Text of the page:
DRAM pricing continues to free fall to new lows, declining yet again in December and plummeting to their lowest point of the year, according to data by market research firm iSuppli .
"DRAM prices in general have been affected by soft PC demand -- especially during the first half of 2010 -- as well as by greater supply of commodity memory following a solid increase in bit shipments during the second half," said Mike Howard, principal analyst for DRAM and memory at iSuppli. "That lethal combination of falling demand and growing supply has coalesced to place a great deal of pressure on DRAM ASPs."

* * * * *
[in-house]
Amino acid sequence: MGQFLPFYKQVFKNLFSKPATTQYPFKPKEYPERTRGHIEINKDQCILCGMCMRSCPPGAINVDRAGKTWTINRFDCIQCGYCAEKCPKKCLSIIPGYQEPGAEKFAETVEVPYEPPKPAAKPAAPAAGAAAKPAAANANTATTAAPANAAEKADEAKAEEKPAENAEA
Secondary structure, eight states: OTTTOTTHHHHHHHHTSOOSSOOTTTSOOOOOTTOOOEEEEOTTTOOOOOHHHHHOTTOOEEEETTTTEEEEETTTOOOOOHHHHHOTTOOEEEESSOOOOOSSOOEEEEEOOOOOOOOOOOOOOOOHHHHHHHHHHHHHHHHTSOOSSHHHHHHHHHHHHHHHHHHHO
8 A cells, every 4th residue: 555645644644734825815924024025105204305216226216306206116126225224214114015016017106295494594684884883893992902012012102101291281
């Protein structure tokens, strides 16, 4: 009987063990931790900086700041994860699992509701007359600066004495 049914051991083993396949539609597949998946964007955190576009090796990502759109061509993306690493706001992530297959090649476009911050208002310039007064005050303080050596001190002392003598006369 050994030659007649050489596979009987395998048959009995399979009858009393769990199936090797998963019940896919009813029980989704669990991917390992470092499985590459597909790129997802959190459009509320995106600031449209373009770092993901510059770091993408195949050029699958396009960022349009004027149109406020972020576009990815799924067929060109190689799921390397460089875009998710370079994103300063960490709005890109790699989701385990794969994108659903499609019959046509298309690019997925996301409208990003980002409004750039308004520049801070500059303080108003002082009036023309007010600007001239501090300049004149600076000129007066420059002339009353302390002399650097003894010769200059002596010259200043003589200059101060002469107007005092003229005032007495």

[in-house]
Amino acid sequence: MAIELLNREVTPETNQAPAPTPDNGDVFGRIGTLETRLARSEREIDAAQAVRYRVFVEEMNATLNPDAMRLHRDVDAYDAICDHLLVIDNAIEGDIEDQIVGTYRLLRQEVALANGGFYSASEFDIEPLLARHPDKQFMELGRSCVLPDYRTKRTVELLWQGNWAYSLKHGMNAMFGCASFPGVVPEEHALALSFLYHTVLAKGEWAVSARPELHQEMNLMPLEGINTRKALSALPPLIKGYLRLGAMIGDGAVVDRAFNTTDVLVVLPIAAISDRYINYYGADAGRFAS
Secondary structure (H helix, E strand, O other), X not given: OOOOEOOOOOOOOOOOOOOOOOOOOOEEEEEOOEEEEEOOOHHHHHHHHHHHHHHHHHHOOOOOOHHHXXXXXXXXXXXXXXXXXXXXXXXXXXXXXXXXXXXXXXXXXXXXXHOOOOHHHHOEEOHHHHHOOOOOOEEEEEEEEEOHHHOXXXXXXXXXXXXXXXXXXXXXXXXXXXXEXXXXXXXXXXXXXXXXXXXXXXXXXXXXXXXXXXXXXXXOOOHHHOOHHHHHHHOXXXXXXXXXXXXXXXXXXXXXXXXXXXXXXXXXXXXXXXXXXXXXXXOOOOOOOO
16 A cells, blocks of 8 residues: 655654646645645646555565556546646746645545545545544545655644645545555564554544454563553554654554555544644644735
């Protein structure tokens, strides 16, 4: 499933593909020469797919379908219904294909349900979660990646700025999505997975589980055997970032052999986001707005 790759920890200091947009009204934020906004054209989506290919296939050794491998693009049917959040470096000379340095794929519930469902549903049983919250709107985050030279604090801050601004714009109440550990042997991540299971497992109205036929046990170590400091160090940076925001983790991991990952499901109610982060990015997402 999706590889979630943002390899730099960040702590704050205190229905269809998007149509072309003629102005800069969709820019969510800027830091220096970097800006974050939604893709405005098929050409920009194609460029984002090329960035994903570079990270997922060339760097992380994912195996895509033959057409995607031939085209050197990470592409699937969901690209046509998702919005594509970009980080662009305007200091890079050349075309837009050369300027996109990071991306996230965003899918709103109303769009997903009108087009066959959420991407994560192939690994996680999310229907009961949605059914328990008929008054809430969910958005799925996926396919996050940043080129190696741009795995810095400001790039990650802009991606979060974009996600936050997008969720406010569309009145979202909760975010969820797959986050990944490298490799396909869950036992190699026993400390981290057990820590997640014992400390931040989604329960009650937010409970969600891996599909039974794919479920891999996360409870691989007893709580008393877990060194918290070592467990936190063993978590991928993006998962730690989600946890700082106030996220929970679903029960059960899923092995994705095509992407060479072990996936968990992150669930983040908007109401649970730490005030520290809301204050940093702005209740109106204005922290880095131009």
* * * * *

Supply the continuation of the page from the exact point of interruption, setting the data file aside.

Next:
By the second week of December, the contract price for a 2GB DDR3 module was only $21, more than 50 percent below the $44.40 price point of just six months ago. The same trend applies to DDR2 modules, which dropped from $33.80 in June to $21.50 in December.
The good thing about hitting rock bottom is that there's no where to go but up, right? That might be the case, but the DRAM market has yet to completely bottom out. According to Howard, there's absolutely nothing to stop prices from plunging even further during the next six months.